4

Entity Bean Persistence
An entity bean can represent:

Persistence can be implemented by:

– Object view of a record in the database – Object view of (or wrap) an existing application

– Bean itself (bean-managed persistence) – Container (container-managed persistence)

©

Copyright 2000 Sun Microsystems, Inc., All rights reserved.

An entity bean usually represents a business object in a persistent storage mechanism. EJB™ specifies two types of persistence: •container-managed persistence: EJB™ container generates code to transfer data from the entity bean instance to the data store. The code is generated at deployment time, making CMP beans portable. The bean provider specifies the fields that need to be retained. Then, the container automatically performs all data retrieval and storage operations on behalf of the bean. •Bean-managed persistence: bean providers write their own database access code. This does not mean that the developer should also do transaction management, the container can still take care of transactions.

5

How Do You Develop and Deploy an EJB?
A bean provider is concerned with the following 3 components: 1. EJBHome interface: plays role of "factory" object design pattern. Specifies methods to create, remove and find enterprise beans. 2. EJBObject interface: plays role of “proxy" object design pattern. Specifies the business methods which are implemented in the bean. 3. Bean implementation class: implements the business logic.
©
Copyright 2000 Sun Microsystems, Inc., All rights reserved.

The container uses the EJBHome interface to manage the life cycle of the enterprise bean. The EJB™ Home interface lists the methods for locating, creating, and removing instances of the EJB™ classes of the enterprise beans residing on the EJB™ container. The implementation of the EJB™ Home interface is the EJBHome object. The EJBHome object defines the methods that the client can use to create, find, and remove the enterprise bean from its container. The EJB™ object performs the following tasks: •It provides access to the business methods within the enterprise bean. •It represents a client view of the enterprise bean. •It exposes all the application-related interfaces for the object. However, it does not expose the interfaces that allow the EJB™ container to manage and control the object. •It allows the EJB™ container to intercept all operations made on the enterprise bean. When developing an entity bean, the bean developer needs to define the home and the remote interfaces that represent the client view of the bean. The bean developer also needs to create a class that implements the Entity Bean interface and the methods corresponding to the bean's home and the remote interfaces.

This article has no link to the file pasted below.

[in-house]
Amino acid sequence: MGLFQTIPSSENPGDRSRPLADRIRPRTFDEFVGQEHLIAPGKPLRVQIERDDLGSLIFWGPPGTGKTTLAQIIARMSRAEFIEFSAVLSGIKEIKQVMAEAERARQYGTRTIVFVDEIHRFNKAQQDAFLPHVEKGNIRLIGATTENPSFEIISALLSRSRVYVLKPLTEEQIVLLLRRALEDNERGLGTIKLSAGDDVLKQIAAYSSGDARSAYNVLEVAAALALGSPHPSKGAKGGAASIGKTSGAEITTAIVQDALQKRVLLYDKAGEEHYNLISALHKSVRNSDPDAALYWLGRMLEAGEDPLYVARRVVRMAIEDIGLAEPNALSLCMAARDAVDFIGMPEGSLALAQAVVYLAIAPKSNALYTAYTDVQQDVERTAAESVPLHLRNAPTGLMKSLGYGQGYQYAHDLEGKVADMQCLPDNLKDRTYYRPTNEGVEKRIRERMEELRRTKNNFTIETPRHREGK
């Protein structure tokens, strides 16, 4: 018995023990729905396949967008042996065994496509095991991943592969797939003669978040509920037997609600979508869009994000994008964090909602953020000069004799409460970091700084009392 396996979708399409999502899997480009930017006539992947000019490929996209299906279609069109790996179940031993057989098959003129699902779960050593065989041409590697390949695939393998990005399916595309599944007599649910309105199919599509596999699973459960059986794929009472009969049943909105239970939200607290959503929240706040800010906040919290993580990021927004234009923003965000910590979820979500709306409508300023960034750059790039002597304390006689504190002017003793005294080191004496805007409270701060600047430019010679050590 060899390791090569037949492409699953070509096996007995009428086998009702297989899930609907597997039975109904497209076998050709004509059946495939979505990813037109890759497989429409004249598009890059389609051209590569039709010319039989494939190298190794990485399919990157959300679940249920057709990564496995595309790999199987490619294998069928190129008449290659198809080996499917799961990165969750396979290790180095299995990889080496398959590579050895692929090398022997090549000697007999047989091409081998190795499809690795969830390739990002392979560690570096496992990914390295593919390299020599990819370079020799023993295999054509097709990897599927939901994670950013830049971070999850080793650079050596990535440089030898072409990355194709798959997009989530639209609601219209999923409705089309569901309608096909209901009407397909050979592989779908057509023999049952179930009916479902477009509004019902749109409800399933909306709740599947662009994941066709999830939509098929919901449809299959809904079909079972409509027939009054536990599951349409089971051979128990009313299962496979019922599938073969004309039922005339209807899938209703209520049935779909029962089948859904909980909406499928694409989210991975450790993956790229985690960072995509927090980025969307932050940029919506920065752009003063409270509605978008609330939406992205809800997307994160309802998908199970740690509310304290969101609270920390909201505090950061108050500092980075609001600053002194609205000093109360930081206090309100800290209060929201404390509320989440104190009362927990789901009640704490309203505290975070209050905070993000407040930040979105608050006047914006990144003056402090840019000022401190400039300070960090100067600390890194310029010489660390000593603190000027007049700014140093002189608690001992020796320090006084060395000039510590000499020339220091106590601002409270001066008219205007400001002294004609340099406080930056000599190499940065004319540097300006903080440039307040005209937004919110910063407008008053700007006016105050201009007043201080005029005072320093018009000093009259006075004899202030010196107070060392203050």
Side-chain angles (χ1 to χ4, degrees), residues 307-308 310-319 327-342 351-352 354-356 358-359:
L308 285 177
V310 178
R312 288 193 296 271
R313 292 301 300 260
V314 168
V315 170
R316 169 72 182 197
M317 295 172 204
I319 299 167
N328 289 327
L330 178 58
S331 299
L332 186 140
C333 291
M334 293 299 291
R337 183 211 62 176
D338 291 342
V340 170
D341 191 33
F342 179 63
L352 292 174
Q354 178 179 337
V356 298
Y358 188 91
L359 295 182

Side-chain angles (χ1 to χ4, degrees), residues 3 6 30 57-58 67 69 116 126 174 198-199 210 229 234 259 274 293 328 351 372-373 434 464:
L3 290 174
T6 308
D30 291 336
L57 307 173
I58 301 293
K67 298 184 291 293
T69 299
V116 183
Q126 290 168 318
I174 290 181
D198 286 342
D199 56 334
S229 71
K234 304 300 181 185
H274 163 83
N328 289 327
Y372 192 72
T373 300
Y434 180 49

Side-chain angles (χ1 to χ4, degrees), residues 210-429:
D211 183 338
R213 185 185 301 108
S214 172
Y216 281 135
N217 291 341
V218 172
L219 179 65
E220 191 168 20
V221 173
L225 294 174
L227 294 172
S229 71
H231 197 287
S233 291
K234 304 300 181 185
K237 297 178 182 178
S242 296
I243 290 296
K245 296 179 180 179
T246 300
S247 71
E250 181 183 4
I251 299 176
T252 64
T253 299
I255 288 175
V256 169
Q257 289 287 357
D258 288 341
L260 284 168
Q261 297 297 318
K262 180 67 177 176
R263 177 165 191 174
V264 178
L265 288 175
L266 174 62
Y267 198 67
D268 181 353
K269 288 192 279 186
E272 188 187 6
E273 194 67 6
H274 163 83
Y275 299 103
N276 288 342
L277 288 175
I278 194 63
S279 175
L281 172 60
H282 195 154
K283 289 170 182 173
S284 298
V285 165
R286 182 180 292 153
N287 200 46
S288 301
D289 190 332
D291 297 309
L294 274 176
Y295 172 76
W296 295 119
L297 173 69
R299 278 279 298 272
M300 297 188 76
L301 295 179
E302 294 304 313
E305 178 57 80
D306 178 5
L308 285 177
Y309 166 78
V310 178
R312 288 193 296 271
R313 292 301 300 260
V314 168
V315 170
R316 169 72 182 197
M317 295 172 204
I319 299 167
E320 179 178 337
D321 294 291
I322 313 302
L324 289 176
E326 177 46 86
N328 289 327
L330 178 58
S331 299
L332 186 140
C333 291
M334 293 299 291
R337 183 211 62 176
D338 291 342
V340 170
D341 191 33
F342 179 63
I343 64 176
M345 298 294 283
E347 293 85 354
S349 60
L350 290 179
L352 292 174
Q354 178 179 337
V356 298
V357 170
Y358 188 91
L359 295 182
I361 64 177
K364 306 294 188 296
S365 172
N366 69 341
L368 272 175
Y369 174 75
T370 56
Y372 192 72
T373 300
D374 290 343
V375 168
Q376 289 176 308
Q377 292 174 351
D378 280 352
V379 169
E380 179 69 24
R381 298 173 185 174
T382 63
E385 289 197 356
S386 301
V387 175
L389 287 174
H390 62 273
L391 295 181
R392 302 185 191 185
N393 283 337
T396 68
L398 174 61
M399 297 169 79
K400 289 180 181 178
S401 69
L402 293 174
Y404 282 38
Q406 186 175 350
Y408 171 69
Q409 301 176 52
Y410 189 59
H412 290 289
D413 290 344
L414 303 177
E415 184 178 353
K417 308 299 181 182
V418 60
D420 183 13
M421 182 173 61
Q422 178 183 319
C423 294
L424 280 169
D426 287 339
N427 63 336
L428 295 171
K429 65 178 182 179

6

EJB™ Home & EJB™ Object
stubs interfaces create, find EJBHome Client glue glue EJBObject business methods container server bean skeletons objects

©

Copyright 2000 Sun Microsystems, Inc., All rights reserved.

EJBHome: "factory" object design pattern. Provides methods to create, remove and find enterprise beans EJBObject: “proxy" object design pattern. Provides the remote interface for the business methods which are implemented in the Enterprise Bean. Bean Implementation Class=Implements the business method functionality. A bean runs in a container. The container, which is part of the EJB™ server, provides transaction, synchronization, and security services to the bean. To provide these services, the bean container/EJBObject intercepts all calls to bean methods. For this reason, a client application does not call the remote bean methods directly. Instead, the client invokes the bean method through a two-step process, mediated by the Object Broker and by the container. First, the client calls a local proxy stub for the remote method. The stub marshalls any parameter data, and then calls a remote skeleton on the server. The skeleton unmarshalls the data, and calls the bean container. This is transparent both to the client application developer and to the bean developer. In the second step, the bean container gets the skeleton call, then performs whatever services are required by the context. These can include: •authenticating the client •performing transaction logic •calling call back methods in the bean •Bean instance activation/passivation The container then delegates the method call to the bean. The bean method executes. When it returns, the thread of control returns to the bean container, which performs whatever services are required by the context. For example, if the method is running in a transaction context, the bean container performs a commit operation, depending on the transaction attributes in the bean descriptor. Then the bean container calls the skeleton, which marshalls return data, and returns it to the client stub. These steps are invisible to client-side and server-side application developers.

7